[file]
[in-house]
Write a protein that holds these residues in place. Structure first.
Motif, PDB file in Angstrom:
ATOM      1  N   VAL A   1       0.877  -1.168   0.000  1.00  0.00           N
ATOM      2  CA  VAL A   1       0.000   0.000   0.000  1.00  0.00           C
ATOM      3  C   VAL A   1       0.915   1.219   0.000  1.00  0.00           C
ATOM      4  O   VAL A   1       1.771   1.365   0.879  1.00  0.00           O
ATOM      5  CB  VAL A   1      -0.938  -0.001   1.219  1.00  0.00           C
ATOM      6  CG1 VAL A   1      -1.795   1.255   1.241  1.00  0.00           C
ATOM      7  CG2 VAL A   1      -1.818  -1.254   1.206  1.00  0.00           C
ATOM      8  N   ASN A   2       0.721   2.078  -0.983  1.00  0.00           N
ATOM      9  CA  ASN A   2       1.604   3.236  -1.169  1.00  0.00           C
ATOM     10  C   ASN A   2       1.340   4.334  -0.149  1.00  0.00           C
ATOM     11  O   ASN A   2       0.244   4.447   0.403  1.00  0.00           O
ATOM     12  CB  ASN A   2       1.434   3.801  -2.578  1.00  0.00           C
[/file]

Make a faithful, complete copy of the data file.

[in-house]
Write a protein that holds these residues in place. Structure first.
Motif, PDB file in Angstrom:
ATOM      1  N   VAL A   1       0.877  -1.168   0.000  1.00  0.00           N
ATOM      2  CA  VAL A   1       0.000   0.000   0.000  1.00  0.00           C
ATOM      3  C   VAL A   1       0.915   1.219   0.000  1.00  0.00           C
ATOM      4  O   VAL A   1       1.771   1.365   0.879  1.00  0.00           O
ATOM      5  CB  VAL A   1      -0.938  -0.001   1.219  1.00  0.00           C
ATOM      6  CG1 VAL A   1      -1.795   1.255   1.241  1.00  0.00           C
ATOM      7  CG2 VAL A   1      -1.818  -1.254   1.206  1.00  0.00           C
ATOM      8  N   ASN A   2       0.721   2.078  -0.983  1.00  0.00           N
ATOM      9  CA  ASN A   2       1.604   3.236  -1.169  1.00  0.00           C
ATOM     10  C   ASN A   2       1.340   4.334  -0.149  1.00  0.00           C
ATOM     11  O   ASN A   2       0.244   4.447   0.403  1.00  0.00           O
ATOM     12  CB  ASN A   2       1.434   3.801  -2.578  1.00  0.00           C